B&W PX7 vs Sony WH-1000XM3: which is better?

Wireless noise-cancelling headphones can help you unplug and float away into a world of music, podcasts and audiobooks. But with a plethora of models vying for your wallet, it’s hard to know which ones are deserving of your hard-earned money. Well, that’s where we come in. Join us as we compare two of the best and most popular pairs of wireless headphones on the market, the Sony WH-1000XM3 and the B&W PX7, to see which set is best for you.

When it comes to premium headphones, it’s fair to say that Sony and Bowers & Wilkins have set the bar pretty high in recent times, and you probably won’t be surprised to discover that both these flagship over-ear headphones scored five stars in our tests. That said, there are some differences between the two models in terms of price, spec, sound quality, build and design. And with the XM4 now on sale, it may be a great time to find a bargain on the XM3 model.

So without further ado, let’s see how these classy cans stack up against each other. That way, you can be confident you’re getting the best headphones for your money…

B&W PX7 vs Sony WH-1000XM3: price

Bowers & Wilkins PX7 vs Sony WH-1000XM3: which is better?

(Image credit: Sony)

We tested the Sony WH-1000XM3 headphones at £330 ($350, AU$550). However, they’ve recently been superseded by the WH-1000XM4s and prices have dropped considerably. That’s good news for your wallet as the XM3s can now be had for around £230. (You’ll find the best bargains on our dedicated Sony WH-1000XM3 deals page.)

The Bowers & Wilkins PX7 hit the shelves at £350 ($400, AU$600) and prices have remained rock-solid ever since.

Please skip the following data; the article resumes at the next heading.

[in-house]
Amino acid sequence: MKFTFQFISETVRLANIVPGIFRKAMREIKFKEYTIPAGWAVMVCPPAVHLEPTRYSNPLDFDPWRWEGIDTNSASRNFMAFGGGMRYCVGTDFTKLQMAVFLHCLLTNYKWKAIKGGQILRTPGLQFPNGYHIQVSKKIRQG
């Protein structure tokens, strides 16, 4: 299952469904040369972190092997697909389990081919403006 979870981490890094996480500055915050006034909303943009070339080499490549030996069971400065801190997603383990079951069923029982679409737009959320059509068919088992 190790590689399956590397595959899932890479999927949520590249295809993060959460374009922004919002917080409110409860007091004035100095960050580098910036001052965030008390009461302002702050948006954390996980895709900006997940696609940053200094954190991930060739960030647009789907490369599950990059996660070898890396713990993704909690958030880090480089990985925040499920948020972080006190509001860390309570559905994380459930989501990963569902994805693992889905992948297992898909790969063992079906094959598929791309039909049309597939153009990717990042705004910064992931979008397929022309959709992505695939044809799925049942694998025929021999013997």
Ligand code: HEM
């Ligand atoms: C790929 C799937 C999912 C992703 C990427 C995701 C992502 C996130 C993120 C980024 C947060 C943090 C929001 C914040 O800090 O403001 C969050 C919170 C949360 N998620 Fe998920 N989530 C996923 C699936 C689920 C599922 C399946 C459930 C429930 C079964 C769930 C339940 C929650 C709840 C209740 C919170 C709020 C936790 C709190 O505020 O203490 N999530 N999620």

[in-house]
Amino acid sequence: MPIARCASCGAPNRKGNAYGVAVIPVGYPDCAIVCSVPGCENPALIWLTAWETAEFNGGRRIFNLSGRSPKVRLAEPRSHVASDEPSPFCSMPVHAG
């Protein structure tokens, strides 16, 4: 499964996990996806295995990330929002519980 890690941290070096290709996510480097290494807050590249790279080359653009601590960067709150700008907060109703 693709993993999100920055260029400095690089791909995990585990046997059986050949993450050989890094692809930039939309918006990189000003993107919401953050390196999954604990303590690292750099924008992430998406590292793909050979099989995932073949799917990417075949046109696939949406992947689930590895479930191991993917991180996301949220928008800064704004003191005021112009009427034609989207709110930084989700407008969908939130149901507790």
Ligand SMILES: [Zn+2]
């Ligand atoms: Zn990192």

So, if you’re counting the pennies, the Sony XM3s are the best headphones for you. At £120 less than the original RRP, they’re a steal. 

**Winner** Sony WH-1000XM3

B&W PX7 vs Sony WH-1000XM3: battery life

Bowers & Wilkins PX7 vs Sony WH-1000XM3: which is better?

(Image credit: Future)

If you’re splashing your cash on some of the best wireless headphones on the market, the last thing you want is for your listening sessions interrupted by ‘low battery’ warnings. Thankfully, both these headphones have plenty of stamina.

The Sony WH-1000XM3s deliver around 30 hours with noise-cancelling switched on, or around 38 hours with the technology switched off. Not to be outdone, the B&W PX7s equal that performance.

Stepping out in a hurry? A 10 minute quick-charge of the Sonys will return five hours of playtime. The B&Ws are a tad slower; a 15-minute charges provides five hours runtime.

This one’s too close to call. Both go the distance and are up there with some of the best headphones we’ve tested in terms of battery life. 

**Winner** Draw

B&W PX7 vs Sony WH-1000XM3: comfort and design

Bowers & Wilkins PX7 vs Sony WH-1000XM3: which is better?

(Image credit: Sony)

Marathon battery life is great but it’s no fun if your marathon listening sessions are marred by an uncomfortable fit. Happily, both the Sonys and B&Ws come up trumps when it comes to comfort, combining plush ear cushioning with beautifully-engineered headbands and high-quality materials.  

Both pairs of headphones rest lightly on the head, too, although the B&W PX7s are a touch heavier (310g vs 255g). 

If you’re a frequent flyer or like to pack light, it’s worth noting that the PX7s don’t fold up – the cups only twist flat to fit into their oval carry case. The Sonys swivel and fold inwards, so they pack up neatly (see picture, above). From a portability standpoint, the Sonys could be the best headphones to go for. 

Style-wise, the Sonys are understated and sleek. The B&Ws sport a rather more striking design, with woven carbon arms inspired by the world or motorsport. Which approach you prefer really comes down to personal taste. And since both these cans deliver all-day comfort in spades, this one’s too close to call. 

**Winner** Draw

B&W PX7 vs Sony WH-1000XM3: features

Bowers & Wilkins PX7 vs Sony WH-1000XM3: which is better?

(Image credit: Bowers & Wilkins)